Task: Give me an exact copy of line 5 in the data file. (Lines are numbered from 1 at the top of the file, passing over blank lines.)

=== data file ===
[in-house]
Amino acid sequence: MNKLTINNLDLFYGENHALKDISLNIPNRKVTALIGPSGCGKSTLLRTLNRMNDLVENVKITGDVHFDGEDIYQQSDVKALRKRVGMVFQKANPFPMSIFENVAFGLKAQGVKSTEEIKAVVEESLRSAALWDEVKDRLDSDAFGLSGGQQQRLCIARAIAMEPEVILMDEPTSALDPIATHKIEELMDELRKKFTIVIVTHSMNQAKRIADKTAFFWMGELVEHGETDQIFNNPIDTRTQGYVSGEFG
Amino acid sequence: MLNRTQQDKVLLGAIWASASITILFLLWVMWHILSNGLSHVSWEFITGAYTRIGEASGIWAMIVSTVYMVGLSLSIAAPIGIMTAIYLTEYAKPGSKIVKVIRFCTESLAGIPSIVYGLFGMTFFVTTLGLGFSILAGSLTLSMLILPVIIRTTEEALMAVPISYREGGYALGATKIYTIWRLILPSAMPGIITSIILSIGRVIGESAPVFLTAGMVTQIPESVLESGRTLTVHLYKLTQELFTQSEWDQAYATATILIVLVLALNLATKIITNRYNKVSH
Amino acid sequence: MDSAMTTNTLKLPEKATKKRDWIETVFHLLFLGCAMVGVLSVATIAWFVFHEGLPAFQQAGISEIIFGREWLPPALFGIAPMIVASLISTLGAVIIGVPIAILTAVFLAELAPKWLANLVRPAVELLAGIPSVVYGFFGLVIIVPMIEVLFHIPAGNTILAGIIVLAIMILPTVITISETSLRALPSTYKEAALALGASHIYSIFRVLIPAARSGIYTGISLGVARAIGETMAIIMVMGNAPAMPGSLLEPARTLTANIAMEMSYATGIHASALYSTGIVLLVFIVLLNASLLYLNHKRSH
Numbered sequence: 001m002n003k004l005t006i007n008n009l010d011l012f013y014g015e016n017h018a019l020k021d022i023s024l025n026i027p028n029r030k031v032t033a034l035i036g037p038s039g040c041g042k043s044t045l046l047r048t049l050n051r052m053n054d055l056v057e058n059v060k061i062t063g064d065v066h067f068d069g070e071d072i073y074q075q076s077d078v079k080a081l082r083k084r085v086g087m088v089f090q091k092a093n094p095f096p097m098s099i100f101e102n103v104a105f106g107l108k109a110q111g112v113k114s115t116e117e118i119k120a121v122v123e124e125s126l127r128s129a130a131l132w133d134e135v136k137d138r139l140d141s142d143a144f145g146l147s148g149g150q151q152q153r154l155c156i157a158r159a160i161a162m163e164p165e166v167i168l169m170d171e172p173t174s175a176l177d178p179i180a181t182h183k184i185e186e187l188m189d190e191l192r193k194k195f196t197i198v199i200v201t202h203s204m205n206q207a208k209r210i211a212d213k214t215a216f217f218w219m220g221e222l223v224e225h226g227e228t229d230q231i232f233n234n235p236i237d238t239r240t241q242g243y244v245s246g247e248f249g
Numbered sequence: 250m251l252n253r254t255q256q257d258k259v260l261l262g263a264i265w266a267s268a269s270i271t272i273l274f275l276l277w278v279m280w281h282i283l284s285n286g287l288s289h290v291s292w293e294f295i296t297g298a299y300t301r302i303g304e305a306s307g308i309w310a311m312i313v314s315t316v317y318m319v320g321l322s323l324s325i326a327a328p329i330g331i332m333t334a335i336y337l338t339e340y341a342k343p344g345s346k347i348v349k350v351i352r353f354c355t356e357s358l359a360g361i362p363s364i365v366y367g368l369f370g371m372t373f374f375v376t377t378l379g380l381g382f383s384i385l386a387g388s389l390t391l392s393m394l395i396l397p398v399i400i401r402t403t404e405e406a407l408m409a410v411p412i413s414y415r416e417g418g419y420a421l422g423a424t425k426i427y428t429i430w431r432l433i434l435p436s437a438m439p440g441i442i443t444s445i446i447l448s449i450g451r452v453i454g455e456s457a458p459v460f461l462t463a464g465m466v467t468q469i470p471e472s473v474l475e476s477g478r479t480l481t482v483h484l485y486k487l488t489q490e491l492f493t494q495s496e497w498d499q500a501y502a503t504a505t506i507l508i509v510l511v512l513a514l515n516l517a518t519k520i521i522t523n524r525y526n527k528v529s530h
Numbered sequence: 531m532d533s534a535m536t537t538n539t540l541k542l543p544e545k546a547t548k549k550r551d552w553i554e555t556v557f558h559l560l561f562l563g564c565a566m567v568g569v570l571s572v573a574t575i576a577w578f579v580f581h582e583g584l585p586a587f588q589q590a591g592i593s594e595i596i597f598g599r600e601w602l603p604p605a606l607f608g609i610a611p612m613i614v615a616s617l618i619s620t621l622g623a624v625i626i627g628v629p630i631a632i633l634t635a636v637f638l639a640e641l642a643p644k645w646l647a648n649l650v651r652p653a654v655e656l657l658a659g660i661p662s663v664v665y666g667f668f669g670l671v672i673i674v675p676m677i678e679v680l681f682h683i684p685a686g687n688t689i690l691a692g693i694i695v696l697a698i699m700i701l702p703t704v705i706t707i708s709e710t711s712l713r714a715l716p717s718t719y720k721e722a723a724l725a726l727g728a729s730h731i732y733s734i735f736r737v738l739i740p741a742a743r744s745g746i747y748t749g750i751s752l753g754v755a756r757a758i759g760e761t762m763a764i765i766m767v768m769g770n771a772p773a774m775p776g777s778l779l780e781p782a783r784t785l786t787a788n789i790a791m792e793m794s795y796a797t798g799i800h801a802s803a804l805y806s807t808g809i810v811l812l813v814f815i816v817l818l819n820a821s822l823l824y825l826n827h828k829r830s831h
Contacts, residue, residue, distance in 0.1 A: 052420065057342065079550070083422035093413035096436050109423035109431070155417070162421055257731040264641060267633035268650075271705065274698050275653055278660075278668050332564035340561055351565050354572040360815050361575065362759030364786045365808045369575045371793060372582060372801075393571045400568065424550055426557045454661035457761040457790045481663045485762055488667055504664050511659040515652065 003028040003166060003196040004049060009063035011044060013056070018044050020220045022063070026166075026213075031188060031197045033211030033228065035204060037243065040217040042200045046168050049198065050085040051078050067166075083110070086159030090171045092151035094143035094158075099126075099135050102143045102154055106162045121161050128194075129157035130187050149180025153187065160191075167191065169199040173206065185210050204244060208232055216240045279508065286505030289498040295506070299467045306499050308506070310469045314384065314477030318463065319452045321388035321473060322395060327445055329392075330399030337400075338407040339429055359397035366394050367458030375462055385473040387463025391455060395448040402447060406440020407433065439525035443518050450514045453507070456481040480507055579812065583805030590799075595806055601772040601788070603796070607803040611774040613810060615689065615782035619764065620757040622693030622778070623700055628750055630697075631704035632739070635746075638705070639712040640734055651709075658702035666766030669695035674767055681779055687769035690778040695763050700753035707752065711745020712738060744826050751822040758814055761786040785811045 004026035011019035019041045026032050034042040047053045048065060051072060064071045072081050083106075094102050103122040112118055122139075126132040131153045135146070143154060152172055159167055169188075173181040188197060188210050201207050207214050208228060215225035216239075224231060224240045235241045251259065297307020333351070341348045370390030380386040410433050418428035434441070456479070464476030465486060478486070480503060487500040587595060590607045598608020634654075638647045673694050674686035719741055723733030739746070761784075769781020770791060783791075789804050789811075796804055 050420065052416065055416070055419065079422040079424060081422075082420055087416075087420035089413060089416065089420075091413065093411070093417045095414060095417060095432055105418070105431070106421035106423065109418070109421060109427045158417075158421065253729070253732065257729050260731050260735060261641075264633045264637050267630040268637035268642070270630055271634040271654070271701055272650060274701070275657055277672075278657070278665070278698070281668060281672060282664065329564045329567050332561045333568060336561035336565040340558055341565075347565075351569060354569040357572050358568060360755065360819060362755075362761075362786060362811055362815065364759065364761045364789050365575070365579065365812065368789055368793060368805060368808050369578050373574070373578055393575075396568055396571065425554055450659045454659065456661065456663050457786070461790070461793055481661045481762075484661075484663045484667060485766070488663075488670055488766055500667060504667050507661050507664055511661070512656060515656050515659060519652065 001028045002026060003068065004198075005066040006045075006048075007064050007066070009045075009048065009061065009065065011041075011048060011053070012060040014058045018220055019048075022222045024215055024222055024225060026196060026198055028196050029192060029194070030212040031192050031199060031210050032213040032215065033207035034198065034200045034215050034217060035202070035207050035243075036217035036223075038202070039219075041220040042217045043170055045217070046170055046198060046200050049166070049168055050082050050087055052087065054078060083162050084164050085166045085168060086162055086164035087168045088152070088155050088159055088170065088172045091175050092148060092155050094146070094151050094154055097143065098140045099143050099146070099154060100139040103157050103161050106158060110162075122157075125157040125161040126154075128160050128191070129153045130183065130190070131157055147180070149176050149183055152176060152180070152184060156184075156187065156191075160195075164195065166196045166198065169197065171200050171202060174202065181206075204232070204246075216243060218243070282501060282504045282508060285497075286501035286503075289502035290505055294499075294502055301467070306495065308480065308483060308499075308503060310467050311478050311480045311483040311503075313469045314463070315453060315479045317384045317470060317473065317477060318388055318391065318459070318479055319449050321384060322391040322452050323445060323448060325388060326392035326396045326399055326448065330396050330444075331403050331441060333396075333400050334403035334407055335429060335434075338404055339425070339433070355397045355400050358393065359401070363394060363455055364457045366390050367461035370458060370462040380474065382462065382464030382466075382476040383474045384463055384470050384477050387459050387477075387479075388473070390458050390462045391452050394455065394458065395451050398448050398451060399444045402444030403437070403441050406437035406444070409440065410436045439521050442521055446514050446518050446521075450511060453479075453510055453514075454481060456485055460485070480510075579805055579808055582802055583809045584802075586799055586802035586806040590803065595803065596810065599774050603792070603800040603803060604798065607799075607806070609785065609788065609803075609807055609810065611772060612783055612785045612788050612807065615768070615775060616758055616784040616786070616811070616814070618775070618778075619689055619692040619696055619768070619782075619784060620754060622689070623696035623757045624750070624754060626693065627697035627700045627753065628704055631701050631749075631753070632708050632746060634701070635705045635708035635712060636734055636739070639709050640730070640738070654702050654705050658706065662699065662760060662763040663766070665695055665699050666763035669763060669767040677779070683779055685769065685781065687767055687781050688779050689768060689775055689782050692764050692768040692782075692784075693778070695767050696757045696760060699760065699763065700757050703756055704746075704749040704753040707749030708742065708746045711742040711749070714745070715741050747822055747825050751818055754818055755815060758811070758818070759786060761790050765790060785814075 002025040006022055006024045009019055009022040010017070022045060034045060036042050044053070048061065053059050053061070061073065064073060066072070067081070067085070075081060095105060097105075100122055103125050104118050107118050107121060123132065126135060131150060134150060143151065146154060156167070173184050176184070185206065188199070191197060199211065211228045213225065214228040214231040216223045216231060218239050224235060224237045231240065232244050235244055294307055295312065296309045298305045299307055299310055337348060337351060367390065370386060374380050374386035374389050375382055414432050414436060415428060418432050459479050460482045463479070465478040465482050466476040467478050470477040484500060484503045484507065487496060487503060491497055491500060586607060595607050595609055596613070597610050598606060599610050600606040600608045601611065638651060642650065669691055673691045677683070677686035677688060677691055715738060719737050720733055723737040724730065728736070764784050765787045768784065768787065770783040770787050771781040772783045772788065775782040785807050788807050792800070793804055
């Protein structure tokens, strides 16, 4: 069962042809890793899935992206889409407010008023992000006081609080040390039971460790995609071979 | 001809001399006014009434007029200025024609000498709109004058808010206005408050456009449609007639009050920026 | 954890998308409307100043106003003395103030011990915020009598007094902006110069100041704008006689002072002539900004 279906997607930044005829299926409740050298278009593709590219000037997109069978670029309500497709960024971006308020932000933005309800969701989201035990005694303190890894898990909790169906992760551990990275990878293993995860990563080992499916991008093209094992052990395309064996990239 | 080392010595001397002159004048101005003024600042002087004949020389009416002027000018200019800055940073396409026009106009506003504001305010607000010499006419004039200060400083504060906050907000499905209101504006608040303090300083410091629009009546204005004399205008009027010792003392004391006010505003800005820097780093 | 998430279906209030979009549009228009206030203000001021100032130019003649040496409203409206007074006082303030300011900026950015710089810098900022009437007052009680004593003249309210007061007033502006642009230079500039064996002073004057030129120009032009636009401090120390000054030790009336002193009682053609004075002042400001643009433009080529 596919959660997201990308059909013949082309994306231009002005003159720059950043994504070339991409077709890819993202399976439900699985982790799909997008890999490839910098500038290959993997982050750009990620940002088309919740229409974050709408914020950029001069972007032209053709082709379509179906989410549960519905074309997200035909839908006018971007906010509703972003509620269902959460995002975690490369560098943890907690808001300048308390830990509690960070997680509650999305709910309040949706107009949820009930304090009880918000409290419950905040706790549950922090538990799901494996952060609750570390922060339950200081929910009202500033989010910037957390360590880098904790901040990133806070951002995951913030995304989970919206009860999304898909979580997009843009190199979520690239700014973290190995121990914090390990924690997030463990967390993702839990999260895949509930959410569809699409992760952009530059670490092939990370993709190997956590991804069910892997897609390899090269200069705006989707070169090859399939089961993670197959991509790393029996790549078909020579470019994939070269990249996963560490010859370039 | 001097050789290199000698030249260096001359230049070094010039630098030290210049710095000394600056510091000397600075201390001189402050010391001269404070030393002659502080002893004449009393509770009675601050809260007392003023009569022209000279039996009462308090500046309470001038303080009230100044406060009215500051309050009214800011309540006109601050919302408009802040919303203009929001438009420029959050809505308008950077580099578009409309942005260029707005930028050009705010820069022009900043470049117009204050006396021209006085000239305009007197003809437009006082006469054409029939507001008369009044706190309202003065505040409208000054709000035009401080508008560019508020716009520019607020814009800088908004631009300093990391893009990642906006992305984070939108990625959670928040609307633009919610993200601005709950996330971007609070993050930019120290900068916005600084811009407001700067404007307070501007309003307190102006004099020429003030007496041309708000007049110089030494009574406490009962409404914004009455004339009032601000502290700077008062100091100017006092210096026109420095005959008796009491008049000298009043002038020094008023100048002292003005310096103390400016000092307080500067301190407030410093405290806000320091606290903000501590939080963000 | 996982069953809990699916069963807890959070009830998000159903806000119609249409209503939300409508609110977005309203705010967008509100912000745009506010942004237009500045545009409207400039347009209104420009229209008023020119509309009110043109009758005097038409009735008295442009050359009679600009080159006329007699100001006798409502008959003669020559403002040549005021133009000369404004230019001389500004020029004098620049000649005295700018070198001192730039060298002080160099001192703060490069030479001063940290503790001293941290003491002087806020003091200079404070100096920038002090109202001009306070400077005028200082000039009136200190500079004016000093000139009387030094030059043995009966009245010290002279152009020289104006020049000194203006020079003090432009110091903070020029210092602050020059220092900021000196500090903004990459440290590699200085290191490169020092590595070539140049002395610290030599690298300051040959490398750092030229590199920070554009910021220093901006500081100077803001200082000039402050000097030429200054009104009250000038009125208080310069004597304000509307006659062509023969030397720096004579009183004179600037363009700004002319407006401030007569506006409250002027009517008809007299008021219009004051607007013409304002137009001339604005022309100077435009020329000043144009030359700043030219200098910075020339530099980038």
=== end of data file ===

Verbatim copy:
Numbered sequence: 001m002n003k004l005t006i007n008n009l010d011l012f013y014g015e016n017h018a019l020k021d022i023s024l025n026i027p028n029r030k031v032t033a034l035i036g037p038s039g040c041g042k043s044t045l046l047r048t049l050n051r052m053n054d055l056v057e058n059v060k061i062t063g064d065v066h067f068d069g070e071d072i073y074q075q076s077d078v079k080a081l082r083k084r085v086g087m088v089f090q091k092a093n094p095f096p097m098s099i100f101e102n103v104a105f106g107l108k109a110q111g112v113k114s115t116e117e118i119k120a121v122v123e124e125s126l127r128s129a130a131l132w133d134e135v136k137d138r139l140d141s142d143a144f145g146l147s148g149g150q151q152q153r154l155c156i157a158r159a160i161a162m163e164p165e166v167i168l169m170d171e172p173t174s175a176l177d178p179i180a181t182h183k184i185e186e187l188m189d190e191l192r193k194k195f196t197i198v199i200v201t202h203s204m205n206q207a208k209r210i211a212d213k214t215a216f217f218w219m220g221e222l223v224e225h226g227e228t229d230q231i232f233n234n235p236i237d238t239r240t241q242g243y244v245s246g247e248f249g